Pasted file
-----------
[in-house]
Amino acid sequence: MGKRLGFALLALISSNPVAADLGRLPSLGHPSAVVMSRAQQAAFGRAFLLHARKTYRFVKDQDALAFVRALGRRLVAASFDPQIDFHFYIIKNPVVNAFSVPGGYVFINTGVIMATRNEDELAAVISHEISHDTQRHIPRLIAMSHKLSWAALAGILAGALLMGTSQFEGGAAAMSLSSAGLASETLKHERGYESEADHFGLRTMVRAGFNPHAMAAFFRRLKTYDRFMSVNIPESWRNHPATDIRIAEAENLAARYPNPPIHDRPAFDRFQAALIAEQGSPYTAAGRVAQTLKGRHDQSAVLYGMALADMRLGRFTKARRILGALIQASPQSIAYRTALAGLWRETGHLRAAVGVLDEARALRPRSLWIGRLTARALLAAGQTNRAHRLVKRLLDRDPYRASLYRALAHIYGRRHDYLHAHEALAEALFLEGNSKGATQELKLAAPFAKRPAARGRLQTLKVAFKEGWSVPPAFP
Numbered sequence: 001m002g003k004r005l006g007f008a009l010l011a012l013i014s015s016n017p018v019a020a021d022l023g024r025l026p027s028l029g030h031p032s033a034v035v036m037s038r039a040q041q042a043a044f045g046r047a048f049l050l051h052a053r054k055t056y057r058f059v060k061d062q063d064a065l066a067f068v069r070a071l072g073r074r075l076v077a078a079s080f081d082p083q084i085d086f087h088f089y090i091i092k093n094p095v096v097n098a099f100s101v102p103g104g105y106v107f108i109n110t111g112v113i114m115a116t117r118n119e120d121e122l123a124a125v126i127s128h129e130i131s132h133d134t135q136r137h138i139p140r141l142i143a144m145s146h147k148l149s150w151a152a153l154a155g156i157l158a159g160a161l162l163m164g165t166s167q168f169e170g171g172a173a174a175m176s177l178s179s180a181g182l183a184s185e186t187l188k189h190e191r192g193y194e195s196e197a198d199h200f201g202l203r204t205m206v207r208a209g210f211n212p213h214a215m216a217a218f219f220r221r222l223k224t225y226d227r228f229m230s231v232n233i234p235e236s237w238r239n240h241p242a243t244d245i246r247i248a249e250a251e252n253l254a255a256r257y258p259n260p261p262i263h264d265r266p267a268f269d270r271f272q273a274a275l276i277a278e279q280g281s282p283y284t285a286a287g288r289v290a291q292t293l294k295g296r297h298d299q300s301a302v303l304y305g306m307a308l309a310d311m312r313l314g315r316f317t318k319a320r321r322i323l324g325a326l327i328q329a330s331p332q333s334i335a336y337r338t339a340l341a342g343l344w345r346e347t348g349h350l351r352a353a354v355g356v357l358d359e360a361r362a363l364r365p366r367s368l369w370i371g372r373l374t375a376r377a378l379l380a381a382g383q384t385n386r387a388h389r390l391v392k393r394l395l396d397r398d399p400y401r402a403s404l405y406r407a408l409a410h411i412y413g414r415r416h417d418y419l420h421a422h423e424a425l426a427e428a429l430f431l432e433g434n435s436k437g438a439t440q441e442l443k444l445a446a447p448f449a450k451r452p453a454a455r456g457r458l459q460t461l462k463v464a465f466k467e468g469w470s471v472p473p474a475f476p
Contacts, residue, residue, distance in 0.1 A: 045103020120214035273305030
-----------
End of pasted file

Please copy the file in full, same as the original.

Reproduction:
[in-house]
Amino acid sequence: MGKRLGFALLALISSNPVAADLGRLPSLGHPSAVVMSRAQQAAFGRAFLLHARKTYRFVKDQDALAFVRALGRRLVAASFDPQIDFHFYIIKNPVVNAFSVPGGYVFINTGVIMATRNEDELAAVISHEISHDTQRHIPRLIAMSHKLSWAALAGILAGALLMGTSQFEGGAAAMSLSSAGLASETLKHERGYESEADHFGLRTMVRAGFNPHAMAAFFRRLKTYDRFMSVNIPESWRNHPATDIRIAEAENLAARYPNPPIHDRPAFDRFQAALIAEQGSPYTAAGRVAQTLKGRHDQSAVLYGMALADMRLGRFTKARRILGALIQASPQSIAYRTALAGLWRETGHLRAAVGVLDEARALRPRSLWIGRLTARALLAAGQTNRAHRLVKRLLDRDPYRASLYRALAHIYGRRHDYLHAHEALAEALFLEGNSKGATQELKLAAPFAKRPAARGRLQTLKVAFKEGWSVPPAFP
Numbered sequence: 001m002g003k004r005l006g007f008a009l010l011a012l013i014s015s016n017p018v019a020a021d022l023g024r025l026p027s028l029g030h031p032s033a034v035v036m037s038r039a040q041q042a043a044f045g046r047a048f049l050l051h052a053r054k055t056y057r058f059v060k061d062q063d064a065l066a067f068v069r070a071l072g073r074r075l076v077a078a079s080f081d082p083q084i085d086f087h088f089y090i091i092k093n094p095v096v097n098a099f100s101v102p103g104g105y106v107f108i109n110t111g112v113i114m115a116t117r118n119e120d121e122l123a124a125v126i127s128h129e130i131s132h133d134t135q136r137h138i139p140r141l142i143a144m145s146h147k148l149s150w151a152a153l154a155g156i157l158a159g160a161l162l163m164g165t166s167q168f169e170g171g172a173a174a175m176s177l178s179s180a181g182l183a184s185e186t187l188k189h190e191r192g193y194e195s196e197a198d199h200f201g202l203r204t205m206v207r208a209g210f211n212p213h214a215m216a217a218f219f220r221r222l223k224t225y226d227r228f229m230s231v232n233i234p235e236s237w238r239n240h241p242a243t244d245i246r247i248a249e250a251e252n253l254a255a256r257y258p259n260p261p262i263h264d265r266p267a268f269d270r271f272q273a274a275l276i277a278e279q280g281s282p283y284t285a286a287g288r289v290a291q292t293l294k295g296r297h298d299q300s301a302v303l304y305g306m307a308l309a310d311m312r313l314g315r316f317t318k319a320r321r322i323l324g325a326l327i328q329a330s331p332q333s334i335a336y337r338t339a340l341a342g343l344w345r346e347t348g349h350l351r352a353a354v355g356v357l358d359e360a361r362a363l364r365p366r367s368l369w370i371g372r373l374t375a376r377a378l379l380a381a382g383q384t385n386r387a388h389r390l391v392k393r394l395l396d397r398d399p400y401r402a403s404l405y406r407a408l409a410h411i412y413g414r415r416h417d418y419l420h421a422h423e424a425l426a427e428a429l430f431l432e433g434n435s436k437g438a439t440q441e442l443k444l445a446a447p448f449a450k451r452p453a454a455r456g457r458l459q460t461l462k463v464a465f466k467e468g469w470s471v472p473p474a475f476p
Contacts, residue, residue, distance in 0.1 A: 045103020120214035273305030